“We are using Windows CE .NET to expand our work on ubiquitous embedded applications. As these kinds of applications begin to have a major impact on our daily lives, knowing how to support reliable and economically feasible development and verification processes will be critical. Working with a real-time operating system like Windows CE .NET ensures that our research will have usefulness in real-world situations once it is completed.”

  • Victor Braberman
    Department of Computing
    FCEyN, University of Buenos Aires

“Innovative research programs using the latest technology available are an important focus at Harvard. Microsoft’s funding will help us further our research on sensor networks and will enable us to build a sensor network structure using Windows CE .NET.”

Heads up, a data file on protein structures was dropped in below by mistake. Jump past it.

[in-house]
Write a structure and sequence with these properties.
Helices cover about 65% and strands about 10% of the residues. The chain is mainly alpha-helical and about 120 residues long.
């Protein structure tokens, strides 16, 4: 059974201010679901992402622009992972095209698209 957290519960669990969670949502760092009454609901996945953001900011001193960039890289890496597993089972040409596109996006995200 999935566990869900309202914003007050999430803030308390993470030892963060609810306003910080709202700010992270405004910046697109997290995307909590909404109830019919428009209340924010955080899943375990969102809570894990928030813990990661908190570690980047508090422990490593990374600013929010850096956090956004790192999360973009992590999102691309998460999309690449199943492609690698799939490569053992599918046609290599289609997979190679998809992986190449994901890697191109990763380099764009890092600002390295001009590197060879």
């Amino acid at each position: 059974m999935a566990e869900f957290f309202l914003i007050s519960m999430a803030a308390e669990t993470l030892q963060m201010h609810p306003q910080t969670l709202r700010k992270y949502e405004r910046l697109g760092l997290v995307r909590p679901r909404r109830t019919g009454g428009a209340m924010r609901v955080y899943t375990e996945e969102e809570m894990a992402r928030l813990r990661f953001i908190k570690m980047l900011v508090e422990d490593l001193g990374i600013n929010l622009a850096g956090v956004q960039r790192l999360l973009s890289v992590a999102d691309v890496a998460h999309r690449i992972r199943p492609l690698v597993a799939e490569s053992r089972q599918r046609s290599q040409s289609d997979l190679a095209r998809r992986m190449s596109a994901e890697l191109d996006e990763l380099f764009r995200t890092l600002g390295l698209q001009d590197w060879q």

• Margo Seltzer
    Associate Dean for Computer Science and Engineering
    Harvard University

“At UNICAMP, we use Windows Embedded technologies as a solid basis for a number of our research programs to develop theoretical thinking and exploration of computing. Using Windows XP Embedded and Windows CE .NET we hope to figure out a variety of ways to optimize embedded operating systems for different kinds of hardware. The Windows Embedded Academic Program enables us to get access to the kind of deep technical information we need to enable this kind of research to be successful.”

  • Rodolfo Jardim de Azevedo Professor
    Institute of Computing

“Our university is located near HsinChu Science-Based Industrial Park — the heart of the IT industry in Taiwan. Companies look for our consulting in the start-of-the-art technology, and many of our students go out to work in the park. The Windows Embedded Academic Program and the Innovation Excellence Awards for Windows Embedded allow us to build more opportunity for exploration of the Windows CE .NET architecture and enable us to teach and share the findings with our students and industrial partners.”